A tale of two cities: Kabul and Berlin
In 2001, the United States never intended to stay forever in Afghanistan. But, twenty years later, our Kabul-based withdrawal plan must have been written by fools and then executed by idiots. Even the left-leaning MSM admit hundreds of American citizens and thousands of pro-American Afghanis are being left behind to the not-so-tender mercies of the Taliban, al-Qaeda, and ISIS-k. Not to mention leaving an estimated $83 billion dollars of war equipment behind to arm our enemies. And even our devoted American dogs were left behind to suffer who knows what kind of miserable fate.
Over the last seven months, it appears the Biden Regency* engaged in secret diplomacy with the Taliban. No doubt, assuring the American-trained Afghan Army and Air Force of continued American technical support so their close-air support aircraft could continue to support the Afghan Army. But, when the Biden Regency* withdrew U.S. technical support, it effectively grounded the Afghan Air Force, causing the Afghan Army to panic. Even Alexander the Great (330 B.C.), the Chinese (Han to Qing dynasties), the British (1839-1842), and the Russians (1979-1989) withdrew from Afghanistan in better order than the United States (2001-2021).
This, however, is not the first time that an inexperienced American president engaged in secret diplomacy with long-term negative consequences for everyone involved. For example, the Berlin Wall: The left-leaning MSM told us the erection of the Berlin Wall caught President Kennedy by surprise. Not true.
In the 1950s and 60s, the "best and brightest " East Germans used Berlin as a route into West Berlin and to freedom. Walter Ulbricht, the ruler of the German Democratic Republic (GDR, asked Soviet Premier Nikita Khrushchev for permission to erect a wall. Because a wall would make the infiltration of KGB agents into the West more difficult, the KGB advised, "Nyet." Khrushchev, fearing the GDR might collapse, said, "Da."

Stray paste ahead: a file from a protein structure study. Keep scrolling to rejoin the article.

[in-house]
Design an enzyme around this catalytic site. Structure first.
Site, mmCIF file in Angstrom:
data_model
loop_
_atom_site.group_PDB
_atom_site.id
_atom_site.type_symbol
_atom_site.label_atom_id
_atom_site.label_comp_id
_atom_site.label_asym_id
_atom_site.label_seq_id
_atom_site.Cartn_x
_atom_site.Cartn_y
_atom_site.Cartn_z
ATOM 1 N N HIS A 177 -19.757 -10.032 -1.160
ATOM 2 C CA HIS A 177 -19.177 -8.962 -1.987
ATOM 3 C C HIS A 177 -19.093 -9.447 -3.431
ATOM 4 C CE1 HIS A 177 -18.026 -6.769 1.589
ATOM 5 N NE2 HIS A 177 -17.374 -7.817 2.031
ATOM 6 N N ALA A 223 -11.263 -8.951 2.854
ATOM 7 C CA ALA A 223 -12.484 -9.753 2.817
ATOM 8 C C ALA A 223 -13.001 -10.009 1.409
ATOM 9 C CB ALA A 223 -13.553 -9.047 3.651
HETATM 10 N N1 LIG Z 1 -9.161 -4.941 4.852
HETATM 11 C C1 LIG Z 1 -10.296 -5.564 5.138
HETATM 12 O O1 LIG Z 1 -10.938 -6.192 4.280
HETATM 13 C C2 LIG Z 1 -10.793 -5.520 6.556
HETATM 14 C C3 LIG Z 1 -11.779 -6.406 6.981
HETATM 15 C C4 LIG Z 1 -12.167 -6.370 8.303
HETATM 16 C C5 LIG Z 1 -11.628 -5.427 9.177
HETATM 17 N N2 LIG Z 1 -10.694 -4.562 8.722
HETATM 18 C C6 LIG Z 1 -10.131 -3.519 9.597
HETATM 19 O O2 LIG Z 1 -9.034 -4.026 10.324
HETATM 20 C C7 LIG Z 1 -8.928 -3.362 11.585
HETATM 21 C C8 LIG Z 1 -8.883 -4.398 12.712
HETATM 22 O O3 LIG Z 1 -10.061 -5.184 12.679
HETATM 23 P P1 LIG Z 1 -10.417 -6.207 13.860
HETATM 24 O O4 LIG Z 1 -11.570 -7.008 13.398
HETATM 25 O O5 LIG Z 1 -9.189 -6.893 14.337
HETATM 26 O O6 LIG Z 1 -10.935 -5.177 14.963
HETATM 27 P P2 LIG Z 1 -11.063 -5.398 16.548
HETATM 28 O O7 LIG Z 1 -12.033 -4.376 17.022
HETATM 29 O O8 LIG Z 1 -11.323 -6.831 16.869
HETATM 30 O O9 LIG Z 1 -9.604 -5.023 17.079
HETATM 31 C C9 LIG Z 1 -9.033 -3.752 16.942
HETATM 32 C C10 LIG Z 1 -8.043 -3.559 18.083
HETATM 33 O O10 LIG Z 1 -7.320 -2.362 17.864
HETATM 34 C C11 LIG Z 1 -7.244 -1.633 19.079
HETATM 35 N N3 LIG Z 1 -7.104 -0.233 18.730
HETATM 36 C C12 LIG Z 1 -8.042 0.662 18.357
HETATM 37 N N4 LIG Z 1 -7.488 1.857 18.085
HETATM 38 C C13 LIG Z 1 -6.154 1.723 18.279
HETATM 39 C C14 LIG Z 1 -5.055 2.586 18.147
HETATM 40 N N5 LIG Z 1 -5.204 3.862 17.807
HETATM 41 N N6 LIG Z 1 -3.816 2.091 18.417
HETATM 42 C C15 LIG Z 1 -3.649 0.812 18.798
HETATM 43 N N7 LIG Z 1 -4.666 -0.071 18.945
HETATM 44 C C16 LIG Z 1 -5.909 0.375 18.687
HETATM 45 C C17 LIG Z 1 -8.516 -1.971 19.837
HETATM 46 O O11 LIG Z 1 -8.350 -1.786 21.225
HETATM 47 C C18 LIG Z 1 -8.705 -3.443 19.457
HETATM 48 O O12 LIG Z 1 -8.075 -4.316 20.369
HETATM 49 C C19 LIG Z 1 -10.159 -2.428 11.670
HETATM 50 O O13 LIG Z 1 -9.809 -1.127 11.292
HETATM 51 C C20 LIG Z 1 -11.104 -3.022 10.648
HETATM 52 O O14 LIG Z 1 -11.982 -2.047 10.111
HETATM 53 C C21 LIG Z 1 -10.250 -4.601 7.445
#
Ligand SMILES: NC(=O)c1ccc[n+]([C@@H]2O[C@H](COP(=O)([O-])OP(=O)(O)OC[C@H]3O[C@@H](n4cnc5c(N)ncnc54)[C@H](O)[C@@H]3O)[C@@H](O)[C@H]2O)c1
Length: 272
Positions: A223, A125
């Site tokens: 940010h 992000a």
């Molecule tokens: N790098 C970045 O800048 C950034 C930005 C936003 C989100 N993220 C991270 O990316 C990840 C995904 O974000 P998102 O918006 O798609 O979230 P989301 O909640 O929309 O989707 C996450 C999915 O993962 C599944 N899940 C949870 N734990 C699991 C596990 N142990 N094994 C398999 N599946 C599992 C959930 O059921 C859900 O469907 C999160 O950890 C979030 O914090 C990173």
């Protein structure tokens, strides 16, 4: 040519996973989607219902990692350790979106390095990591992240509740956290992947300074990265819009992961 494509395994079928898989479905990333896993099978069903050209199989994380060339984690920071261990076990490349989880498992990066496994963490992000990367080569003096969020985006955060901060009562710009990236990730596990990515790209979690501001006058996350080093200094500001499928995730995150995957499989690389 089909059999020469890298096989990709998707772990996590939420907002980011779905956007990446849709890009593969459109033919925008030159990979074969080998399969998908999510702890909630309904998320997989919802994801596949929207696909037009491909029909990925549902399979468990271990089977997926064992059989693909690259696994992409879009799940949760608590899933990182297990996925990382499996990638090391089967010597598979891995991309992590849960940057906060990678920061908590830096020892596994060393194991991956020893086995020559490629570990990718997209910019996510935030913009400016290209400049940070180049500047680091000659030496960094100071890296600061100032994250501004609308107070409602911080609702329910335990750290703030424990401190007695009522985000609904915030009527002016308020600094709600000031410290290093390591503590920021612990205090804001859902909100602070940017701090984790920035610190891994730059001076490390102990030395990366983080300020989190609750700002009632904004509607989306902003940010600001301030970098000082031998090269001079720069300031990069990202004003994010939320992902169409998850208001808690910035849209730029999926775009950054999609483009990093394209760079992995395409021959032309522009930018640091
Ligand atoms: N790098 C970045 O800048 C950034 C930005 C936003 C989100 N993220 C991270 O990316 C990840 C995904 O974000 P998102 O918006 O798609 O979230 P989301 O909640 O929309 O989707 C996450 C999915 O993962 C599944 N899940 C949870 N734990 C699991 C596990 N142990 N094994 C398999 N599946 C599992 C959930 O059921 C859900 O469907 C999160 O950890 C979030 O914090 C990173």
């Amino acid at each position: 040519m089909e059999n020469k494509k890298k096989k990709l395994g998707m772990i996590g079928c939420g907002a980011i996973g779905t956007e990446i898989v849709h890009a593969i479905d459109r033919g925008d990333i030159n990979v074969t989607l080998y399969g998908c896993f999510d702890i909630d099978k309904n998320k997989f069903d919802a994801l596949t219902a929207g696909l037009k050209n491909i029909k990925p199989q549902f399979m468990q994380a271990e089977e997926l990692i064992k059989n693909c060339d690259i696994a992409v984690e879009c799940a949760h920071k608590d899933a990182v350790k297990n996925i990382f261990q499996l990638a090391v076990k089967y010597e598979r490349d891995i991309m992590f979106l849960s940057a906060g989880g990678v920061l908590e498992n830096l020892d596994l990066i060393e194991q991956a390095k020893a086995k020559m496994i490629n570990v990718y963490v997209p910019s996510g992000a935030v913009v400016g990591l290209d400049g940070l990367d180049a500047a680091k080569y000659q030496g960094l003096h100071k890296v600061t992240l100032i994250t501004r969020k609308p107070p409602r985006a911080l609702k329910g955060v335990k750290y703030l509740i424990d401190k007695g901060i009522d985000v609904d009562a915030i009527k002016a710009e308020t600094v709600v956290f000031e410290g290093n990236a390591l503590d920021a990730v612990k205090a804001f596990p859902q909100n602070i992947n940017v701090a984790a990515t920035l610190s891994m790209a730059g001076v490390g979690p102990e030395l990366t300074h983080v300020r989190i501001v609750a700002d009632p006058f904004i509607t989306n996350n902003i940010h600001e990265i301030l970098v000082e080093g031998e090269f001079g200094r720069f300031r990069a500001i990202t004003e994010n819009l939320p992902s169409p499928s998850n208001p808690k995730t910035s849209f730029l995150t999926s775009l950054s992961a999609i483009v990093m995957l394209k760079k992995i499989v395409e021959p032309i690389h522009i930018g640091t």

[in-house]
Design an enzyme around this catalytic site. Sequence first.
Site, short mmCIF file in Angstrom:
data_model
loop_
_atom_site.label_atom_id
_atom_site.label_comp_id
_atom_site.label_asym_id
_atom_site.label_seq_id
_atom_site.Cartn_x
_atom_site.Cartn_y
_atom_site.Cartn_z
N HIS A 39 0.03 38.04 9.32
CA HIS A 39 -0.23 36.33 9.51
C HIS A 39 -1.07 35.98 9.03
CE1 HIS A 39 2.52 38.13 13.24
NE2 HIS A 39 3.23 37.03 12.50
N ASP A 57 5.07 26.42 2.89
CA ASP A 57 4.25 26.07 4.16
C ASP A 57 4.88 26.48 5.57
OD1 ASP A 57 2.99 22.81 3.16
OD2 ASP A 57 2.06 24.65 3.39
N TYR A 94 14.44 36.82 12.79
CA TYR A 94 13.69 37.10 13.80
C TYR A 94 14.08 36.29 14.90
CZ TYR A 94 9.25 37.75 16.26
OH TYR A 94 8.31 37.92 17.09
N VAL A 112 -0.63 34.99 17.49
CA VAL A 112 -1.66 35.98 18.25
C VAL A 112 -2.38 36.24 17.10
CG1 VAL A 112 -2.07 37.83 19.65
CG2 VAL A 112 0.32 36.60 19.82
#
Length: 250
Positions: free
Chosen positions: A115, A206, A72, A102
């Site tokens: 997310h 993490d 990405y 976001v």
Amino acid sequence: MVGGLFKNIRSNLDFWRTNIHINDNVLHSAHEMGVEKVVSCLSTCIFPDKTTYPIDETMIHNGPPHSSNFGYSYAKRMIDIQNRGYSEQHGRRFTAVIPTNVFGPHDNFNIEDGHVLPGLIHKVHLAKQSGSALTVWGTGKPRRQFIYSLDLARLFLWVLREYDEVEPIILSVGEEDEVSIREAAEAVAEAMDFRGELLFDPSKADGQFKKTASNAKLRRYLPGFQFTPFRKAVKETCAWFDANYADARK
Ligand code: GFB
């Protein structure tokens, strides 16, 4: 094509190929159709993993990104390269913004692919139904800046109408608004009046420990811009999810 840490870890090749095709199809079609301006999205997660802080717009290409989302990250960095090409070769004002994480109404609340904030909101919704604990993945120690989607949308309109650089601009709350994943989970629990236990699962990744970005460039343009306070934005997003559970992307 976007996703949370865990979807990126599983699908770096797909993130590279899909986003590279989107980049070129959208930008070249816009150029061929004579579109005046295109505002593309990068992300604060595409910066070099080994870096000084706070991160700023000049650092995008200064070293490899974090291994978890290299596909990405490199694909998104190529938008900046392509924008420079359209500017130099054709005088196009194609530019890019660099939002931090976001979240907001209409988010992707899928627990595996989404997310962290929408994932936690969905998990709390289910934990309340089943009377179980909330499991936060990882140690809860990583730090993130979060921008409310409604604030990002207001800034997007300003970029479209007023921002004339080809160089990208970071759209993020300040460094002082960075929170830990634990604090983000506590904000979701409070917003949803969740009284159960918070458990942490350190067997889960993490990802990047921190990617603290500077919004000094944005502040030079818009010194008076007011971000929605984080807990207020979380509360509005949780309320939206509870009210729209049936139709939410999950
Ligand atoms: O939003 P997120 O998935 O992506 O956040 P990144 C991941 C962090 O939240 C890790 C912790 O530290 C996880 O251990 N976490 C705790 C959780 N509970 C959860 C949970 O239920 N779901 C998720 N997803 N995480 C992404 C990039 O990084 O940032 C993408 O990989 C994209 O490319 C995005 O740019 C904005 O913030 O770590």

In Vienna, on June 4, 1961, Khrushchev met with the newly elected President Kennedy. In private, Khrushchev explained Ulbricht’s "brain drain" problem. Apparently, Kennedy took Khrushchev’s desire to wall off the Soviet Sector as a welcome sign that the Red Army would not try to occupy all of Berlin by force.
Returning to Washington, Kennedy confided to his friend, New York Times columnist "Scotty" Reston, that he told Khrushchev the U.S. would not "actively" oppose the building of a barrier between East and West Berlin. Ergo: the Wall could never be a surprise to Kennedy.
Shorty after Vienna, U.S. intelligence reported the stockpiling of concertina wire, steel pickets, and concrete. Clear evidence the Wall was about to go up. On August 12, 1961, Walter Ulbricht issued the order to erect the Berlin Wall. President Kennedy, feigning surprise, dispatched retired General Lucius D. Clay and Vice President Lyndon Johnson to Berlin to reassure West Berliners of continued U.S. support.
Nevertheless, hundreds, perhaps, thousands were killed trying to cross into West Berlin. As Ulbricht wanted, the Wall boosted the East German economy, delaying the eventual fall of the Iron Curtain for another 28 years
Foreign relations are often conducted in secret. But, as in Berlin, and now, in Afghanistan, they need be conducted by wise men. Not by men who can be so easily fooled.
* Regency: When someone rules in the place of another.
Suggested reading:Forbes Magazine online, August 23, 2021, www.forbes.com. "Staggering costs: U.S. military equipment left behind in Afghanistan." Deadline: A Memoir by James "Scotty" Reston, 1991.
©2021. William Hamilton.